Notes from the Island
Summer is here and the daylilies and roses are blooming. The
birds and squirrels are fighting over the mulberries while the geese
wait for the fruit to drop in the river below. The goslings are
growing and their color is turning from yellow to gray to faint black
and white. In the shallows large carp are flopping around. The water
willows have tiny purple and white orchid-like flowers and you can
see hundreds of the blooms floating down the river. John Thomson
will be glad to hear that we have a good crop of paw paws this year,
but if we want any we will have to harvest them before the squirrels do.
A small but dedicated group came to our work session on
June 20. Ann Kip weeded daylily beds while Eric Simpson, Rene Maycock
and John Krasny cleared out undergrowth on the Virginia side of the
Island opening up the view.
The flooding this spring had eroded the volleyball court but
had deposited sand near the swim float, so Bob Palermo, Alison Levine
and I transported many wheelbarrow loads of sand over to the playing
area which is now more level than it was before.
John Matthews and Brad Coolidge have been working diligently
on our new ferry. John brought down the wood for the railings and
the pontoons should be here tomorrow.
David Holdridge and I are working on a new pulley system to
lift the ferry safety cable in case of high water. In the last flood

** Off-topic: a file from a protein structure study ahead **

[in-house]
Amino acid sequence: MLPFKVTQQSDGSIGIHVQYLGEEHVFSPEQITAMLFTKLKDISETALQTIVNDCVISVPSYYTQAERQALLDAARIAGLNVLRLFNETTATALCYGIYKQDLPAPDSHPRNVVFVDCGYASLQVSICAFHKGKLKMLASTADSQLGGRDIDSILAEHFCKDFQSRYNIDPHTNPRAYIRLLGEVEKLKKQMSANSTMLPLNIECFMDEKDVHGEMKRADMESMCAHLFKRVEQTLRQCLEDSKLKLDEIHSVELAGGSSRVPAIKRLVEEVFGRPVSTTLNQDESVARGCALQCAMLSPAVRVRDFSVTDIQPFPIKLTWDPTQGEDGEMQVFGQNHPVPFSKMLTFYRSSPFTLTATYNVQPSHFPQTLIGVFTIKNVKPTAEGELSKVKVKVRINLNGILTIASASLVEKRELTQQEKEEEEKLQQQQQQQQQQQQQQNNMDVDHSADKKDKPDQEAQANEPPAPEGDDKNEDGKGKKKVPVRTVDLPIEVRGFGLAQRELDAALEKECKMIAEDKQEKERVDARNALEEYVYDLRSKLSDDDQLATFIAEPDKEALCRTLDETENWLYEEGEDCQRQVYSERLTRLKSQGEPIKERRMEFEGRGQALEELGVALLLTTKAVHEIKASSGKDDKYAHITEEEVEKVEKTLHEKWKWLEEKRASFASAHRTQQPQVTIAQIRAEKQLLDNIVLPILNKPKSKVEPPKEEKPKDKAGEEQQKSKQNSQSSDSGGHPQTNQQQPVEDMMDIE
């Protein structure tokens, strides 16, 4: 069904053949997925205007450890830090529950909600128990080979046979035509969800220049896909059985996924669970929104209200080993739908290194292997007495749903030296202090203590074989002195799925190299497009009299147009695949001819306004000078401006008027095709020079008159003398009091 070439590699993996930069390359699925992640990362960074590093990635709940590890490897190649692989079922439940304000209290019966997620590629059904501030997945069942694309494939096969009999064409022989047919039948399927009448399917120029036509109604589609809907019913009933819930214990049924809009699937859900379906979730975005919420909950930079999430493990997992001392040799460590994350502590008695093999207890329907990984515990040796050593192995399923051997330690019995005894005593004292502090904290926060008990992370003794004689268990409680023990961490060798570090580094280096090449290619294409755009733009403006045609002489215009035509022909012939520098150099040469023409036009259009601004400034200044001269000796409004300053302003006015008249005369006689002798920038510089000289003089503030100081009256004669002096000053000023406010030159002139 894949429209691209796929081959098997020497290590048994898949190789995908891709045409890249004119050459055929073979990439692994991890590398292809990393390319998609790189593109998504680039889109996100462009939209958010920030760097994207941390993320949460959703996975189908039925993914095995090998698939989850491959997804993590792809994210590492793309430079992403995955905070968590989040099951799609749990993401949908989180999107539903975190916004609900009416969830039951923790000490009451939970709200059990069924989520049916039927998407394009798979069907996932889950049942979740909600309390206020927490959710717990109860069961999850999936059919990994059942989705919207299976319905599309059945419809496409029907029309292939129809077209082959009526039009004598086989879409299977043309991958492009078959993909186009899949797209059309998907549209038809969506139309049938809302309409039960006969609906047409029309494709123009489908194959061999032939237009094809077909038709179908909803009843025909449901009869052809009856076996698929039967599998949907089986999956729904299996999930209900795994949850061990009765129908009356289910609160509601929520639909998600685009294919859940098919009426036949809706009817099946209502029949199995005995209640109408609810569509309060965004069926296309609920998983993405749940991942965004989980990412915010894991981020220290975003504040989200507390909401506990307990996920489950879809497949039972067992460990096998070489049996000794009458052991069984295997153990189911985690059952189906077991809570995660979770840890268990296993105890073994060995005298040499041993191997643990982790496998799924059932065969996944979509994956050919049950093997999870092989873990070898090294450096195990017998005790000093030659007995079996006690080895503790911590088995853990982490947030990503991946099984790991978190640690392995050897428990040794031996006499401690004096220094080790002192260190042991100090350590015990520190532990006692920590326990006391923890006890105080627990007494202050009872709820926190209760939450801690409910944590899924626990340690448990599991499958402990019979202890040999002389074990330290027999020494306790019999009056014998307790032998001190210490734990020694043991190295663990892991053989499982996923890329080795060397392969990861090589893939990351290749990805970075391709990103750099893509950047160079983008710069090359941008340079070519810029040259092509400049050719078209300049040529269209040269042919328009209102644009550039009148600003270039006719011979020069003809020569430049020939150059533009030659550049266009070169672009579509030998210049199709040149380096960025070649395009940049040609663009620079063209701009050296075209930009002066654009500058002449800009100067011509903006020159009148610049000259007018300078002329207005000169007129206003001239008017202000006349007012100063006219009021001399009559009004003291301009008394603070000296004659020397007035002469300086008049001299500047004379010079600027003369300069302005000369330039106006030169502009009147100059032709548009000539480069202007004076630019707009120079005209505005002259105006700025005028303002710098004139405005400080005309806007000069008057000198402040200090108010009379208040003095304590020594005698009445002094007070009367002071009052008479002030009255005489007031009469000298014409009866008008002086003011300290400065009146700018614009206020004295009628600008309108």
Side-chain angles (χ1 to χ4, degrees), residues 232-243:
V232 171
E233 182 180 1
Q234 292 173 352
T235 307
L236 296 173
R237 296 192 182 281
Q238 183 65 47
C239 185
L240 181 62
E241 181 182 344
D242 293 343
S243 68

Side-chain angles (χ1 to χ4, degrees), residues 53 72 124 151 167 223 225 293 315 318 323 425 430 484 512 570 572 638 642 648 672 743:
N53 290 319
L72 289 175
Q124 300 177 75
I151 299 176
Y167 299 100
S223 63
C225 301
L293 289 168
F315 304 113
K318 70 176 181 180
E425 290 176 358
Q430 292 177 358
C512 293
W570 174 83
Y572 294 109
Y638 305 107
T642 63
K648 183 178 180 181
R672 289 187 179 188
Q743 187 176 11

the old system failed to prevent a tree from catching on the cable
and now we are going to try to raise the wire higher.
The other night I went down to the swim float for a dip, but
there were at least three beavers playing around in the river. I
watched them for fifteen minutes and waited until they left before I
dove into the water.
Occasionally I tie up my canoe to some tree roots on the
Maryland shore when I leave the Island. This spring I noticed that
the beavers were chewing through the roots. Not long ago I had
trouble getting on shore and I was swearing at the person who had
dumped a number of branches and limbs in my way, when I realized that
the beavers had done it. They were making a lodge in the middle of
my exit path.
Now that summer is here, come down and enjoy the swimming.
I understand that Al Brown and John Stapko are both working on
replacing the ladders to the floats. Hope to see you soon.
-- Peter Jones, Sycamore Island Caretaker